The aim of this paper is to illustrate the particularities and challenges associated with creating municipal environmental governance institutions in the Peruvian Amazon.
A case‐study approach based on qualitative research, document analysis and interviews is used based on field research between 2007 and 2009.
Findings reveal the limitations of municipal governance institutions to reflect local environmental concerns illustrated by the example of oil exploration. Whereas municipal institutions put in place resulted in environmental plans and policies, they failed to effectively address major sustainability concerns within their territorial boundaries. On the one hand, policy ambiguities about the meaning of “local” action reflect longstanding divides between centralised policy making and local agenda setting. On the other hand, findings point to the flexibility of local environmental processes easily neglecting core environmental problems.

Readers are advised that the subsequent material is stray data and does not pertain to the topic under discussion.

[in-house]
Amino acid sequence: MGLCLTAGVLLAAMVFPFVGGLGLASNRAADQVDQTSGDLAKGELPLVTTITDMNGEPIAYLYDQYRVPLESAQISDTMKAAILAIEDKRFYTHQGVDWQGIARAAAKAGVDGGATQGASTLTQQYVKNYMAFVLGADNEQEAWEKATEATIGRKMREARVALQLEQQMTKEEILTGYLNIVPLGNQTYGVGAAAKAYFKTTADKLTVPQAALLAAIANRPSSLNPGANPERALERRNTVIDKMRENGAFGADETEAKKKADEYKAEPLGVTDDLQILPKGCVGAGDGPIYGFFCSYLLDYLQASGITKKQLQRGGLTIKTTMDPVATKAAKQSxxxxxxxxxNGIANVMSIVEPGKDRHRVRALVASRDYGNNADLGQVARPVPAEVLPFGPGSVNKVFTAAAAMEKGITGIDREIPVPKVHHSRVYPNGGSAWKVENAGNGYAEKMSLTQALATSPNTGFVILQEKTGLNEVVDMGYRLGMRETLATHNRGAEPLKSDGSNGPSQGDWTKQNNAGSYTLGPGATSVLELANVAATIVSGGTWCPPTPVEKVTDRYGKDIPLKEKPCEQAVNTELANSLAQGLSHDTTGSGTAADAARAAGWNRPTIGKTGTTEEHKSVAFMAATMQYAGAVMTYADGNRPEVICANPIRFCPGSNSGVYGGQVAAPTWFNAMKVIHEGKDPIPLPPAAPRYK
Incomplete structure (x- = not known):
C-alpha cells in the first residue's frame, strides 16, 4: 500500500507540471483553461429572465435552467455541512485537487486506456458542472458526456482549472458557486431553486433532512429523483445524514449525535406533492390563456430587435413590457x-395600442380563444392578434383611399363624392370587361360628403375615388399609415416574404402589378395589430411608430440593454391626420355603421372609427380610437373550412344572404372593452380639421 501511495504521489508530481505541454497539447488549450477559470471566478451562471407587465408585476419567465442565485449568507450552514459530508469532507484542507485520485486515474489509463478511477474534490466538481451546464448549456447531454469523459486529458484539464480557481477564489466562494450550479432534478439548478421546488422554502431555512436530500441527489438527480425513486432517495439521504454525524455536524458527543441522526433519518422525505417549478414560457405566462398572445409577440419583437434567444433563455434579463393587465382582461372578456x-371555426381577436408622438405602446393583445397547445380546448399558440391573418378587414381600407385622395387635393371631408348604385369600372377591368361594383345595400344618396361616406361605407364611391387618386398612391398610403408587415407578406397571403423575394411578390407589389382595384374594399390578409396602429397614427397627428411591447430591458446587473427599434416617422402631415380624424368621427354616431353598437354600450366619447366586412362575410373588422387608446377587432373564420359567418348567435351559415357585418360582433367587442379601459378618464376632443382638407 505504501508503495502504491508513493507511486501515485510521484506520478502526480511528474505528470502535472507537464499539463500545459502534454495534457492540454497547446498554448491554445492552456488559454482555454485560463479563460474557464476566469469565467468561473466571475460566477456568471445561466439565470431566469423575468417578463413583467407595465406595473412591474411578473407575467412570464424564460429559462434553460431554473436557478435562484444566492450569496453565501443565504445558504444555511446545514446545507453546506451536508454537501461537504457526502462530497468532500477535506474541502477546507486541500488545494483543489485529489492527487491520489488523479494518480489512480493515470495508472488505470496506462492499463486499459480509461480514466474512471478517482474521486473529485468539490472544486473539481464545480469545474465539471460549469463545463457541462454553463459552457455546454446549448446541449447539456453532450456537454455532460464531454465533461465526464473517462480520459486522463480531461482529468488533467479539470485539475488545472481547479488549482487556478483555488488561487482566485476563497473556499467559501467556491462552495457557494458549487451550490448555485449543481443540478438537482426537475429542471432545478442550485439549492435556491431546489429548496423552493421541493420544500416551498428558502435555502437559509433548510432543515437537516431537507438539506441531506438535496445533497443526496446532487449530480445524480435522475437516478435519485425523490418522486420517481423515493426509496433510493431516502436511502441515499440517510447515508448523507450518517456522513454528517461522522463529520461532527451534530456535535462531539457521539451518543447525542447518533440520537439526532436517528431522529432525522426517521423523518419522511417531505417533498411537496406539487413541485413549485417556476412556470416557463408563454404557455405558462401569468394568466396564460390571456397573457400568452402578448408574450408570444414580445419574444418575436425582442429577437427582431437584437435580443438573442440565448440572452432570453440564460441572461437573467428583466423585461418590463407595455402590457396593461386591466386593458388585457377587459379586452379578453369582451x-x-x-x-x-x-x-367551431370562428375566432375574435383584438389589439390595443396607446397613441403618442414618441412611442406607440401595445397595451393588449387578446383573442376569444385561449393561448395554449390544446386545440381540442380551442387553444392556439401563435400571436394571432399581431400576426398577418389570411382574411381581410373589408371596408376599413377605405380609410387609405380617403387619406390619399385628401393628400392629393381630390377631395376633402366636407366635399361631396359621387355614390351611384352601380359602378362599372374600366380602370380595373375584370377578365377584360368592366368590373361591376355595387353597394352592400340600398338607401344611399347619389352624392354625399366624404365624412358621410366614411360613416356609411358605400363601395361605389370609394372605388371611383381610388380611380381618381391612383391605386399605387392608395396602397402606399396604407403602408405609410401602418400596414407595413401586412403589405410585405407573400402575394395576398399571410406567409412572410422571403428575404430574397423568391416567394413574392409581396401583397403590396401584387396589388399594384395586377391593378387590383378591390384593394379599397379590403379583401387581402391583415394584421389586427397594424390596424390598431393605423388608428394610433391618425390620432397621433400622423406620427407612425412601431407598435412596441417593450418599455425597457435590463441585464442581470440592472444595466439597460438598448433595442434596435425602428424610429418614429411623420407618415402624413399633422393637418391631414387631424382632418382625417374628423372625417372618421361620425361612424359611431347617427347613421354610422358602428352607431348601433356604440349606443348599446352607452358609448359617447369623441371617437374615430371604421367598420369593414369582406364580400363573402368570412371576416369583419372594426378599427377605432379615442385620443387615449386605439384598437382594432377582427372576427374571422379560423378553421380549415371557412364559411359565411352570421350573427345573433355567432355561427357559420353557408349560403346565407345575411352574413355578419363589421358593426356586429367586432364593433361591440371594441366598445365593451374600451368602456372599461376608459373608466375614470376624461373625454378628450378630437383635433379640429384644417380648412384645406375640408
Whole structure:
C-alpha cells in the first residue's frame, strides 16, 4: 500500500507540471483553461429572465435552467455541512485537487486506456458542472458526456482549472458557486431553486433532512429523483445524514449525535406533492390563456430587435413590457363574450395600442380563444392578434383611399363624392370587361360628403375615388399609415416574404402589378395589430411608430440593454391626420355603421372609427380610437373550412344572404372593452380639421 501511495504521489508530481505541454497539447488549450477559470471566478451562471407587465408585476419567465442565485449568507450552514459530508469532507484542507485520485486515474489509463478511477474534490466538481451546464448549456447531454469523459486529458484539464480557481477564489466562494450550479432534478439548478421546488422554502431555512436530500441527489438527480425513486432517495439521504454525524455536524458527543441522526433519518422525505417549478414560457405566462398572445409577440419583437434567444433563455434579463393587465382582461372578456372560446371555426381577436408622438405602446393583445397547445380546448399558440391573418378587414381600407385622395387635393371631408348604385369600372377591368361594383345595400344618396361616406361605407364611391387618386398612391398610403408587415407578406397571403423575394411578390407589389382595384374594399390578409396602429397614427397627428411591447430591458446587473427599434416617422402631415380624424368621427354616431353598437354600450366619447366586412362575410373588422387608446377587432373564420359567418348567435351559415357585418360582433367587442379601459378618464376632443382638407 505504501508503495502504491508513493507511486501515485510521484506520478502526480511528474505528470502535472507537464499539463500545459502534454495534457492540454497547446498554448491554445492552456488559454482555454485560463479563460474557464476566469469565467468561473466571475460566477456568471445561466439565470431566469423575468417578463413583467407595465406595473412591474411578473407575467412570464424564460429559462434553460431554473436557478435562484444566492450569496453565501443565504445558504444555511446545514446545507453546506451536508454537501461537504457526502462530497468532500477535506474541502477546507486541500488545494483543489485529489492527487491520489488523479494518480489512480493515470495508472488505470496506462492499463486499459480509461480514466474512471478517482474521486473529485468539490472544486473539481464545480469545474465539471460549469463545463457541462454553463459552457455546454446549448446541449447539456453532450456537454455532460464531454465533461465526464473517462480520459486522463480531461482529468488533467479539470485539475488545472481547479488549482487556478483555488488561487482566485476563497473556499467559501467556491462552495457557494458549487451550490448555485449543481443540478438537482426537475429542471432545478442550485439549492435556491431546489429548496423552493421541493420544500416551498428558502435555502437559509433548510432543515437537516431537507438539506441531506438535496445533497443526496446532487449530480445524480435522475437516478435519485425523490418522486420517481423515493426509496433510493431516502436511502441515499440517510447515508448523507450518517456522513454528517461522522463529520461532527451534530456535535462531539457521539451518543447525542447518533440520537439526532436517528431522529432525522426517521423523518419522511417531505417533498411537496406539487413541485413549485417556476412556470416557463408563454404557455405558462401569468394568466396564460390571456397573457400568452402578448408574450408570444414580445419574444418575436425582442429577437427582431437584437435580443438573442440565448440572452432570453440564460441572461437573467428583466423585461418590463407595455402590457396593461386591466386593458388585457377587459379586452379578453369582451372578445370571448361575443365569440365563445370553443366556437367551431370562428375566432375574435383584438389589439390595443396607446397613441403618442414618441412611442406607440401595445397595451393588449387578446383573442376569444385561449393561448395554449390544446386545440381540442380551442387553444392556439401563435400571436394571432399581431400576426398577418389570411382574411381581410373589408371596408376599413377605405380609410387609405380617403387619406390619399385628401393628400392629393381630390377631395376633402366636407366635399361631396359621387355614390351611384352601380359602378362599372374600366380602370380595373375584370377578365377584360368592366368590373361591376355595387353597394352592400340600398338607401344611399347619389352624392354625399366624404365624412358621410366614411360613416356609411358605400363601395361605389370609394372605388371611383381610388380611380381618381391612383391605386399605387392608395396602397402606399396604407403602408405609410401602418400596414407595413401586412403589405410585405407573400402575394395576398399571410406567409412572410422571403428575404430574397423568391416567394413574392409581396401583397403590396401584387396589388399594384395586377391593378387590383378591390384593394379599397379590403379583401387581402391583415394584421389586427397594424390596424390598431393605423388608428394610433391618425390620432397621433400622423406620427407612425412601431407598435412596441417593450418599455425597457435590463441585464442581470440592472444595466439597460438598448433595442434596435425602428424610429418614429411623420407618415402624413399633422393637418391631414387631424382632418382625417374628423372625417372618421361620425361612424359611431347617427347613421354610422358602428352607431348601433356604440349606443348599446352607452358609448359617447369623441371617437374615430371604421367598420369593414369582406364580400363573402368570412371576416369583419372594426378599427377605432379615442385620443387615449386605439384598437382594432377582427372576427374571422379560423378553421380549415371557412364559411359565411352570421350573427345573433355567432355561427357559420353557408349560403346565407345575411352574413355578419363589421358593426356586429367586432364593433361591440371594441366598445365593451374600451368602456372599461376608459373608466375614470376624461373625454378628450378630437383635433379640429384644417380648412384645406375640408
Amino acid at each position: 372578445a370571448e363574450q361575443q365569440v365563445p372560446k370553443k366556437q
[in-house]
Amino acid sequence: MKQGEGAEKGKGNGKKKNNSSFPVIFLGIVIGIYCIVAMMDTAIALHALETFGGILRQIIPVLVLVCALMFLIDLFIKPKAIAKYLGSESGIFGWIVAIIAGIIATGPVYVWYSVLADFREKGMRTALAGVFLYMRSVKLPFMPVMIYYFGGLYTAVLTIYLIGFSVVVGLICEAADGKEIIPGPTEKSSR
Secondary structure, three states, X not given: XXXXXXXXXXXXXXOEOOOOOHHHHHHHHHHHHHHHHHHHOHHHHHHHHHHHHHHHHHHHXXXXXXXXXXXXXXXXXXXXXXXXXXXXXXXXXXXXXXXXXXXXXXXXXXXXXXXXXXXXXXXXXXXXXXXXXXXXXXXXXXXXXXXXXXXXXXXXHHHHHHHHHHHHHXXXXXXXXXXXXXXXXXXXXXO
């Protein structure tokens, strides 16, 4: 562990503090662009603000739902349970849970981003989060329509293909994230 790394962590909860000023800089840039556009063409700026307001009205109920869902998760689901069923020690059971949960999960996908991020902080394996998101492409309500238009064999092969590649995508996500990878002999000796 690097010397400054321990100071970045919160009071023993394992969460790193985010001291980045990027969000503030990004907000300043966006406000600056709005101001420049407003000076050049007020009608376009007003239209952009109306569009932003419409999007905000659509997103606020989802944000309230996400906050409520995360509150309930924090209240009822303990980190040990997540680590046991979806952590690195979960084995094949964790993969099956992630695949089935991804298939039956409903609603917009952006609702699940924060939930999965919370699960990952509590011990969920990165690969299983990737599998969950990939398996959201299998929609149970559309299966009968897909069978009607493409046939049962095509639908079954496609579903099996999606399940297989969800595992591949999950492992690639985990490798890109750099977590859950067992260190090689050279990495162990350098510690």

The conclusions justify reinforcing policy efforts to strengthen the mandate and competencies of municipalities on broader environmental matters. They also reinforce the need for more locally responsive and socially inclusive environmental agenda setting.
The study sheds light on poorly described environmental governance aspects from an area of global significance. Amazonian affairs are emblematic for environmental conflicts related to deforestation, extractive industries and ecological complexity. Analyzing the importance of municipal processes is critical in this respect.
Bille Larsen, P. (2011), "Municipal environmental governance in the Peruvian Amazon: A case study in local matters of (in)significance", Management of Environmental Quality, Vol. 22 No. 3, pp. 374-385. https://doi.org/10.1108/14777831111122932Download as .RIS
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